I met Steve Gadd.
played on many of
the greatest songs ever.
And just in case
I reminded him.
I got him to sign
He was embarrassed –
And told me he liked
the fact that I was wearing
It takes all sorts. And I was the
only one he’d seen not wearing
long pants. So that was a talking
A local drummer-ape had been assigned
as his driver. When he wasn’t sitting
on Steve Gadd’s knee
he was picking the lice from his back and
swallowing swiftly as if it contained the
secret to the feather-touch triplet movement between
the hi-hat, the bass drum, the snare.
I didn’t dare tell Mr. Steve Gadd
that I was sure I could play 50 Ways long
before I could.
But as he looked at me with the eyes that had stared
at the back of Paul Simon’s head
I could tell that he knew I would not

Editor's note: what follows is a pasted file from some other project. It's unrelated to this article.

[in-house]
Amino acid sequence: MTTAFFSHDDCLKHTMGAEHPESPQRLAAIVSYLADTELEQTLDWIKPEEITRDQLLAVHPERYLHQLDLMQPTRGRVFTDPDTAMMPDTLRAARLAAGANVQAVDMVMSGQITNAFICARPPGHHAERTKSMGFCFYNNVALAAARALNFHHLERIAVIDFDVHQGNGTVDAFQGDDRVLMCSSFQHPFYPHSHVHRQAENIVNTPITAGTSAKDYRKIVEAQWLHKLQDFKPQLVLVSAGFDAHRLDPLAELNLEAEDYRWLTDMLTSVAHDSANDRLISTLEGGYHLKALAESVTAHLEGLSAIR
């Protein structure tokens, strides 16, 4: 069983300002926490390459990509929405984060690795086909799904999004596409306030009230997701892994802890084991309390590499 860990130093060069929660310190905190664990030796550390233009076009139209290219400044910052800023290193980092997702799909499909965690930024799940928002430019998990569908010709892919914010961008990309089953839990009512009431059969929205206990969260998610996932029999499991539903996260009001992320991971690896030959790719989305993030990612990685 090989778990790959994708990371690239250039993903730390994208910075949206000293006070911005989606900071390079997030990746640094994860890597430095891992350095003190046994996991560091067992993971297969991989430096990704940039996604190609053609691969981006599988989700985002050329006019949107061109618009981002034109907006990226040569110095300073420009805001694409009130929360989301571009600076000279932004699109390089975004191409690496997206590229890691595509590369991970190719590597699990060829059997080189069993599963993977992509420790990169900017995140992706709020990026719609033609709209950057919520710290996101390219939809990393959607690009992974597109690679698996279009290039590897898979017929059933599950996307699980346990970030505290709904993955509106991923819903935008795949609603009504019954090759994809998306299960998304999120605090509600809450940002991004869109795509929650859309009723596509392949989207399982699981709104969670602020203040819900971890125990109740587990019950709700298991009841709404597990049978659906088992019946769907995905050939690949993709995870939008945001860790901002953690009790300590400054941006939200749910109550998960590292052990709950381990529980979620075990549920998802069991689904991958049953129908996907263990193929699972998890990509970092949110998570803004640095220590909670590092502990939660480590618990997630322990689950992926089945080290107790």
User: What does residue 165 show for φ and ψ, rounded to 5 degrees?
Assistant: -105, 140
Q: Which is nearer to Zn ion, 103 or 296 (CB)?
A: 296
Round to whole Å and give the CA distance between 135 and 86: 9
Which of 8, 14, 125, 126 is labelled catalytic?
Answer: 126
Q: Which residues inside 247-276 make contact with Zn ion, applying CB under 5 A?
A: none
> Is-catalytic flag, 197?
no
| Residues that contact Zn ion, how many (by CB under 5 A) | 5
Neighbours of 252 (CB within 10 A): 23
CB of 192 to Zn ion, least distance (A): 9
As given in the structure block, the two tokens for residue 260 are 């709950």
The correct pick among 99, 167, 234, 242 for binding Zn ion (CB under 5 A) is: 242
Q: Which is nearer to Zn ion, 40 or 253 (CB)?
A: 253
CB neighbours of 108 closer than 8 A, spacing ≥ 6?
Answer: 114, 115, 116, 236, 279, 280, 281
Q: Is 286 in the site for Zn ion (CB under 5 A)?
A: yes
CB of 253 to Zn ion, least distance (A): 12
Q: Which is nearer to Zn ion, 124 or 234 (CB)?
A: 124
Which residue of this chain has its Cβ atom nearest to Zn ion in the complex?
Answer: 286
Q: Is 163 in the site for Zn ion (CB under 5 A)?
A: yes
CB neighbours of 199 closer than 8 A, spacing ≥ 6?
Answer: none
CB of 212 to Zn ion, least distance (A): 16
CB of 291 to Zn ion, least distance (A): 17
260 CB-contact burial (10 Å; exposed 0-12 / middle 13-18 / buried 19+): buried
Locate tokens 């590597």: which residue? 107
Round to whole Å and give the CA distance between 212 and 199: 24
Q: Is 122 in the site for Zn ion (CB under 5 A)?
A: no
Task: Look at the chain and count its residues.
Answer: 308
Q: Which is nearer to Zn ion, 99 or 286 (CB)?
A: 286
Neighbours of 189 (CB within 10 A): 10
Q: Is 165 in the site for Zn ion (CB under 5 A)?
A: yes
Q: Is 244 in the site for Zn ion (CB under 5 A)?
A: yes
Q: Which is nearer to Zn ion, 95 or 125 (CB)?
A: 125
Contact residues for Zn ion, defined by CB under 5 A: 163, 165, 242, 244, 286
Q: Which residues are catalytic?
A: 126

have it right.
What’s left to say?
I told him that Late In The Evening was
some sort of secret pathway.
He told me he liked my hat.
A day later I would drive 200kms
to give him a hat – oh, and
to watch his gig.
I was blown away to see and hear the guy that
I had been aware of since I was seven or eight
years of age. His shuffle-feel intros, outros and bridging
fills for Paul and Carly Simon, for James Taylor and Steely
Dan, for Chick Corea and others all
dangled around him like dazzlers and chains.
He was blown away to see me in jandals – “you’re
wearing flip-flops?” he questioned – in the voice
that had told Rickie Lee Jones he “might have something”
for that bit during Chuck E.’s In Love.
The local drummer-turned-chauffeur
was crouched on the stage, later in
that evening, almost sitting
inside the pocket of the solo
Ready to pounce
at the drop of said hat.